But wait: Say we want to create a new, more effective antenna. Don’t we have to make experiments that explore, for instance, how electro-magnetic waves propagate? Isn’t that a classical problem of the natural sciences, in this case physics? — The answer is yes. Design science is not an alternative to the natural sciences. Design science has access to all methods of natural sciences when answering so-called knowledge questions. More on that later.
So, the differences between natural science and technology make it hard to simply apply the general scientific method to a research project dealing with technology.
Without reading any further, take your current thesis topic and think of it in the framework of natural sciences. Can you write down a question that characterizes the knowledge you would like to gain?
We come back to this question later. Most likely, you have formulated a question in a way that does not really help you in the process further. Design science helps you to ask better questions.
Artifacts in Context
Design science is the design and investigation of artifacts in context (Wieringa 2014). Further, design science problems are improvement problems. The aim is that the designed artifact in interaction with its context solves a certain problem. This is in a stark contrast to the natural sciences, that “only” want to gain new knowledge about the world. (Don’t misunderstand the “only”, this is not saying that natural sciences are somehow less useful.)
But what exactly are artifact and context?
Artifact: An artifact can be anything designed and created by humans, both as a real, physical object or an abstract concept. Examples for artifacts are:
Context: The problem context for the artifact can be anything that interacts with the artifact or that has influence on it. Typically the problem context for an artifact is not a single context, but consists of elements like the following:
Values, Desires, Fears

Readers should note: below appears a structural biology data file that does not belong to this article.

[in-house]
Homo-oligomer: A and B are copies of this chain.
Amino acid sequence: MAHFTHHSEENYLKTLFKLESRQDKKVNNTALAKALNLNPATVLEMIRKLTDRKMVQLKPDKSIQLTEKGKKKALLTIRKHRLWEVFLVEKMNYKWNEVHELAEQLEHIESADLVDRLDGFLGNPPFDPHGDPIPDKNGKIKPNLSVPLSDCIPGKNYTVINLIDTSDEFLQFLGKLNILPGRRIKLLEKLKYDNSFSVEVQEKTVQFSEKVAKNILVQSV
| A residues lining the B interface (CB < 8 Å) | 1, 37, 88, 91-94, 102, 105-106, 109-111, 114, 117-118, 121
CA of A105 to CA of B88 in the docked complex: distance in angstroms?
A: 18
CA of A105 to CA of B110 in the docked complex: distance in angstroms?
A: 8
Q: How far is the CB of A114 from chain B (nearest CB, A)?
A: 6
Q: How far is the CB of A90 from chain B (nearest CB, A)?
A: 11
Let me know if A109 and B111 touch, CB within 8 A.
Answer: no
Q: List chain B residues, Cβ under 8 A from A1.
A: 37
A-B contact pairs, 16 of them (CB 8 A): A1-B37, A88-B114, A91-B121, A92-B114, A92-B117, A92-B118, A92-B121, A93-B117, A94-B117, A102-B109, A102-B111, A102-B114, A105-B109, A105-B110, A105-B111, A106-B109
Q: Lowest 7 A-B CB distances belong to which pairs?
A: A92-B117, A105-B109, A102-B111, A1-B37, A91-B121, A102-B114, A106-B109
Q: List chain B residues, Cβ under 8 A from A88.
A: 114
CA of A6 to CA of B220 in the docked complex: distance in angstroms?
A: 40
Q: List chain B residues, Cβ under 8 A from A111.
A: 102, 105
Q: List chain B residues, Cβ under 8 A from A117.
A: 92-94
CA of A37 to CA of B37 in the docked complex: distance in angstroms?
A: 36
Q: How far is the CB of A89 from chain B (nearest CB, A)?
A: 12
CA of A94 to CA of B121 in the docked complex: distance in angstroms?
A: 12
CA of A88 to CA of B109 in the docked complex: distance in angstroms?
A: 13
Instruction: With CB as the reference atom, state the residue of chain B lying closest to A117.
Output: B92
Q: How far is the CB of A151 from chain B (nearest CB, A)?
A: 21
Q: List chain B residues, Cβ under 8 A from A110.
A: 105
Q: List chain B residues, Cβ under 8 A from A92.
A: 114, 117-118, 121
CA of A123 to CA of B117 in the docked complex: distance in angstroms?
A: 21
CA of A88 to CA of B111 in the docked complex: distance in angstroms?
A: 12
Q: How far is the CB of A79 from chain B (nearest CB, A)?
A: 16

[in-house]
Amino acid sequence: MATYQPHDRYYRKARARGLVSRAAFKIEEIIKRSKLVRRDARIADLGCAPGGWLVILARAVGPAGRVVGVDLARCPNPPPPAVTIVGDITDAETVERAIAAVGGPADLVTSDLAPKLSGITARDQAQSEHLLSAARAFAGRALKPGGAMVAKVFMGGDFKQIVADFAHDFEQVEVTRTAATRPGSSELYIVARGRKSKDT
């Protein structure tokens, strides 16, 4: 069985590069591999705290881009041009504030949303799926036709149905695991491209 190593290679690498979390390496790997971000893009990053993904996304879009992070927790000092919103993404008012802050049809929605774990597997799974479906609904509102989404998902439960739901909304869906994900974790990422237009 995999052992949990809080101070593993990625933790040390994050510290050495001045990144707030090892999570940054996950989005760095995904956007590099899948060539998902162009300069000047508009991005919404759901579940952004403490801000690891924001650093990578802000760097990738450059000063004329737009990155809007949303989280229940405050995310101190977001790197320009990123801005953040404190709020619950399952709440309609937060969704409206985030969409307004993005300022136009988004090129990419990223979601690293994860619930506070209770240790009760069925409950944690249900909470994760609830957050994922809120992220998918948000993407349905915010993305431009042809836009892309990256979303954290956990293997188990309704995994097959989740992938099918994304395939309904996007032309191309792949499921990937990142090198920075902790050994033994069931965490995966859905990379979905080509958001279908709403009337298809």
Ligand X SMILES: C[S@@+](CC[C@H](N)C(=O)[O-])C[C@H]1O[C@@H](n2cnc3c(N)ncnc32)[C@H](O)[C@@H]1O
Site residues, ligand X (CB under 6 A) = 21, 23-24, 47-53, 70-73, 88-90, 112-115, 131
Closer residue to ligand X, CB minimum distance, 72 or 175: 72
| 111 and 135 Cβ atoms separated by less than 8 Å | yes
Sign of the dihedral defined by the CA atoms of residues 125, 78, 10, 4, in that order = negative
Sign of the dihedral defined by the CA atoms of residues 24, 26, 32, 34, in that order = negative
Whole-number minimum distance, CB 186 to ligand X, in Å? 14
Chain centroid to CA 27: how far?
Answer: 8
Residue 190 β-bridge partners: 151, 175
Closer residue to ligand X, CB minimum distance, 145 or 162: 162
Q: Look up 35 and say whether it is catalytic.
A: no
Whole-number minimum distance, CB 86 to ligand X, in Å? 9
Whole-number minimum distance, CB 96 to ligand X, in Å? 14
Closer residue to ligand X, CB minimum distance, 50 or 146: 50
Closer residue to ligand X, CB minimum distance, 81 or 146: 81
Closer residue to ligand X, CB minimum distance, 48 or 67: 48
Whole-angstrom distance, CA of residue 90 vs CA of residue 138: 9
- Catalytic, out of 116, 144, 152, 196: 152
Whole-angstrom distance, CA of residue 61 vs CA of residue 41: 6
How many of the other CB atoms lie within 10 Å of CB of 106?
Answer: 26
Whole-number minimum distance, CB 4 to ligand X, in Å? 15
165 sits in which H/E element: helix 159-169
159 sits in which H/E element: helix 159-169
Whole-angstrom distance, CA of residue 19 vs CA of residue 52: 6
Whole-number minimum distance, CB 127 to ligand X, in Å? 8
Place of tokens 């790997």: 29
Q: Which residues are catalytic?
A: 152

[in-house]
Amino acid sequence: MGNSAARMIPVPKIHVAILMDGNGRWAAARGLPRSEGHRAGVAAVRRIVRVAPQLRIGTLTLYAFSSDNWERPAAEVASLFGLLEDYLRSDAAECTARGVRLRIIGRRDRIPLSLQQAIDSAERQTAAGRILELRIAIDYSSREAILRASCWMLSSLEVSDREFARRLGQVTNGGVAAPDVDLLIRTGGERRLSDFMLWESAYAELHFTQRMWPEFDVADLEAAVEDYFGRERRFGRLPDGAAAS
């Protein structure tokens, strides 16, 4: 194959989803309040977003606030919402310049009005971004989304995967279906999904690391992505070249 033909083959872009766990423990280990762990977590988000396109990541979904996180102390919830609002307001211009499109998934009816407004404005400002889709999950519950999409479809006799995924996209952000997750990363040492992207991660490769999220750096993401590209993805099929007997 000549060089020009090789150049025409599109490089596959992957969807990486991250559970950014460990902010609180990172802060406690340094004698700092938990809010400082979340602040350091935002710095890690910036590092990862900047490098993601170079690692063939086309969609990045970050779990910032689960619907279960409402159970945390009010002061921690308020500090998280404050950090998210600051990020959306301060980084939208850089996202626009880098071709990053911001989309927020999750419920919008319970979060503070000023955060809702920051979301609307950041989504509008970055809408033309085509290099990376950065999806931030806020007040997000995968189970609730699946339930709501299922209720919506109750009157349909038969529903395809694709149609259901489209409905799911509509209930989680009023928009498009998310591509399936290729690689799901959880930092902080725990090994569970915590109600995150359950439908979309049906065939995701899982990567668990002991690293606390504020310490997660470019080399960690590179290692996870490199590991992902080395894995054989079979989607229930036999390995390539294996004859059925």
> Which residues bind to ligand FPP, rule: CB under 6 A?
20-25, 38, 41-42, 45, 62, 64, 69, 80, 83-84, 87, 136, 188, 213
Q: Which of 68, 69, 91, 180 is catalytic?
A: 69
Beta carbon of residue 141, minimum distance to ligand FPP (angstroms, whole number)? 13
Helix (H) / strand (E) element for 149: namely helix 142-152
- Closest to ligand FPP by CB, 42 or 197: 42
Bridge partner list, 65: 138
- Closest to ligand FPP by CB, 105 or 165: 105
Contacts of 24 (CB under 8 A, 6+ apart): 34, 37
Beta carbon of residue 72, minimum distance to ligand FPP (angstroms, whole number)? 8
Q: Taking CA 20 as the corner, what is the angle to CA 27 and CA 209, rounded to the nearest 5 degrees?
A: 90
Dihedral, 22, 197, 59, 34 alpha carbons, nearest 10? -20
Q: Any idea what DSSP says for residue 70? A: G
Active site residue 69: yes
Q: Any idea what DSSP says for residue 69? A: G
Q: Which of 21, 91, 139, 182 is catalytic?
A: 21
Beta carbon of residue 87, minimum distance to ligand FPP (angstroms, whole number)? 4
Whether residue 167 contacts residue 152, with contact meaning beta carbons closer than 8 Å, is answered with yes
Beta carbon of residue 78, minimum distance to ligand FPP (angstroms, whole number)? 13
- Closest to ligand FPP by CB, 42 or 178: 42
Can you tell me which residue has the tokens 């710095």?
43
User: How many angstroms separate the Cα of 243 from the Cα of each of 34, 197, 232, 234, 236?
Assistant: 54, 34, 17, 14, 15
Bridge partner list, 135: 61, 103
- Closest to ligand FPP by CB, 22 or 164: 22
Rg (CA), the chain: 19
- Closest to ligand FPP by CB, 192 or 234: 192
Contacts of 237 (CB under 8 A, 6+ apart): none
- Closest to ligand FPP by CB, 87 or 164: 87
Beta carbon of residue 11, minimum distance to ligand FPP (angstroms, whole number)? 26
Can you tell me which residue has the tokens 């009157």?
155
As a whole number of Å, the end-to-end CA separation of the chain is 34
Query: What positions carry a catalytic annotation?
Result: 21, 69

Goals, Norms, Budgets
other artifacts, as the ones named above.
The context for one artifact can also be another artifact, for instance when a system interacts with another system, but only one of them is under research.
You may ask why it makes a difference to emphasize that research within technology is not only about technology itself (i.e., the artifact), but about the artifact in context. This distinction is helpful when you think of what you should do in your thesis and how you should evaluate it:
Your thesis is not the same thing as an artifact that you create and describe in a report. Especially, an implementation is not the main result of your thesis. Instead, your thesis is about how an artifact solves a specific problem (in a problem context), and through a validation you demonstrate if or how effectively it solves that problem. An implementation may be part of it, but the validation and the description of the problem are essential.
Many students (and supervisors) focus on the technology but forget to sufficiently address the problem context. This becomes evident when the thesis does not offer a good validation. Instead, addressing the problem will make it easier to also find good validation mechanisms and focus on them.
In your work, be aware of artifacts and what the problem is. Do not design an artifact without first considering its problem context and how artifact and context interact.
What are possible artifacts for your thesis? What are examples for elements in the problem context? List some!
Knowledge Questions vs. Design Problems
The core of design science is a separation of two different kind of research problems: design problems and knowledge questions. These correspond to the two different parts of design science, which are design and investigation. In principle, anything we do in design science belongs to either one of these activities. Before we argue why this distinction is useful, let us first distinguish these two research problems from each other.
Example for a Design Problem: Design an algorithm that recognizes human activity based on accelerometer data from a wristband.